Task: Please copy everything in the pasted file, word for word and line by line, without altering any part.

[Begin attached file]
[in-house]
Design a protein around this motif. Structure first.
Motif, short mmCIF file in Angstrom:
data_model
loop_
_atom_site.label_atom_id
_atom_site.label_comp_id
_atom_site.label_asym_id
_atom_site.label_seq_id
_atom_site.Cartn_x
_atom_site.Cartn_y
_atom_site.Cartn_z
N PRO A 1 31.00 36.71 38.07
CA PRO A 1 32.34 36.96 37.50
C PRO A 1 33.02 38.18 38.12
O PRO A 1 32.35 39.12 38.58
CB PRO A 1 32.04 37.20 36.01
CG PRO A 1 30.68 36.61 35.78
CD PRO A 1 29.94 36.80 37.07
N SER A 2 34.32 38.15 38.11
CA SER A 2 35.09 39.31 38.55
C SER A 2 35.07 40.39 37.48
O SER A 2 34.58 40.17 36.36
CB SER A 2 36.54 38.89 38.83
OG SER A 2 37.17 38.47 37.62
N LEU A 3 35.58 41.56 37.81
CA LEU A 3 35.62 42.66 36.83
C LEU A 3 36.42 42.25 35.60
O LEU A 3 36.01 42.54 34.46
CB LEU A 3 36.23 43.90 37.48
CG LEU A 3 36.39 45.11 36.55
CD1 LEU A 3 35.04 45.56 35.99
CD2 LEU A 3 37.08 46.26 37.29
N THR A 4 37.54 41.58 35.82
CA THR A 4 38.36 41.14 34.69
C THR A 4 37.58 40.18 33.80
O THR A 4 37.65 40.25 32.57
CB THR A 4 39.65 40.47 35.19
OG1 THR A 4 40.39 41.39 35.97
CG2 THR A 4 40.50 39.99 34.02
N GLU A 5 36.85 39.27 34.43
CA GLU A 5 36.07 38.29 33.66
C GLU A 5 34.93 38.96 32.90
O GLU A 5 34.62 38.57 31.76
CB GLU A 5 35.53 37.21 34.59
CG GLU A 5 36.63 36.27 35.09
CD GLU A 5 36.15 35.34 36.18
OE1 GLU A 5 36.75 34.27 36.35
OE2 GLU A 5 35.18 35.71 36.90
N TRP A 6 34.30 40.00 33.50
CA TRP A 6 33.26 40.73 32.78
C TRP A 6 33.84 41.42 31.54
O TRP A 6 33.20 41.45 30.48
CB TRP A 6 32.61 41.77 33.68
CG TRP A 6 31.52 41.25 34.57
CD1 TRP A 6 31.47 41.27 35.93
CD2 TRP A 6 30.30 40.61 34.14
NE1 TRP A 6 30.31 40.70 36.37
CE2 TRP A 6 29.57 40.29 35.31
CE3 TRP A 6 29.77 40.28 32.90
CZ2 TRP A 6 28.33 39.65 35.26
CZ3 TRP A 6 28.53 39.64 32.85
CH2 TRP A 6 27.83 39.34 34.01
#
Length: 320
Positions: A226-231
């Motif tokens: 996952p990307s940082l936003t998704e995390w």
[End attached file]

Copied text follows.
[in-house]
Design a protein around this motif. Structure first.
Motif, short mmCIF file in Angstrom:
data_model
loop_
_atom_site.label_atom_id
_atom_site.label_comp_id
_atom_site.label_asym_id
_atom_site.label_seq_id
_atom_site.Cartn_x
_atom_site.Cartn_y
_atom_site.Cartn_z
N PRO A 1 31.00 36.71 38.07
CA PRO A 1 32.34 36.96 37.50
C PRO A 1 33.02 38.18 38.12
O PRO A 1 32.35 39.12 38.58
CB PRO A 1 32.04 37.20 36.01
CG PRO A 1 30.68 36.61 35.78
CD PRO A 1 29.94 36.80 37.07
N SER A 2 34.32 38.15 38.11
CA SER A 2 35.09 39.31 38.55
C SER A 2 35.07 40.39 37.48
O SER A 2 34.58 40.17 36.36
CB SER A 2 36.54 38.89 38.83
OG SER A 2 37.17 38.47 37.62
N LEU A 3 35.58 41.56 37.81
CA LEU A 3 35.62 42.66 36.83
C LEU A 3 36.42 42.25 35.60
O LEU A 3 36.01 42.54 34.46
CB LEU A 3 36.23 43.90 37.48
CG LEU A 3 36.39 45.11 36.55
CD1 LEU A 3 35.04 45.56 35.99
CD2 LEU A 3 37.08 46.26 37.29
N THR A 4 37.54 41.58 35.82
CA THR A 4 38.36 41.14 34.69
C THR A 4 37.58 40.18 33.80
O THR A 4 37.65 40.25 32.57
CB THR A 4 39.65 40.47 35.19
OG1 THR A 4 40.39 41.39 35.97
CG2 THR A 4 40.50 39.99 34.02
N GLU A 5 36.85 39.27 34.43
CA GLU A 5 36.07 38.29 33.66
C GLU A 5 34.93 38.96 32.90
O GLU A 5 34.62 38.57 31.76
CB GLU A 5 35.53 37.21 34.59
CG GLU A 5 36.63 36.27 35.09
CD GLU A 5 36.15 35.34 36.18
OE1 GLU A 5 36.75 34.27 36.35
OE2 GLU A 5 35.18 35.71 36.90
N TRP A 6 34.30 40.00 33.50
CA TRP A 6 33.26 40.73 32.78
C TRP A 6 33.84 41.42 31.54
O TRP A 6 33.20 41.45 30.48
CB TRP A 6 32.61 41.77 33.68
CG TRP A 6 31.52 41.25 34.57
CD1 TRP A 6 31.47 41.27 35.93
CD2 TRP A 6 30.30 40.61 34.14
NE1 TRP A 6 30.31 40.70 36.37
CE2 TRP A 6 29.57 40.29 35.31
CE3 TRP A 6 29.77 40.28 32.90
CZ2 TRP A 6 28.33 39.65 35.26
CZ3 TRP A 6 28.53 39.64 32.85
CH2 TRP A 6 27.83 39.34 34.01
#
Length: 320
Positions: A226-231
């Motif tokens: 996952p990307s940082l936003t998704e995390w």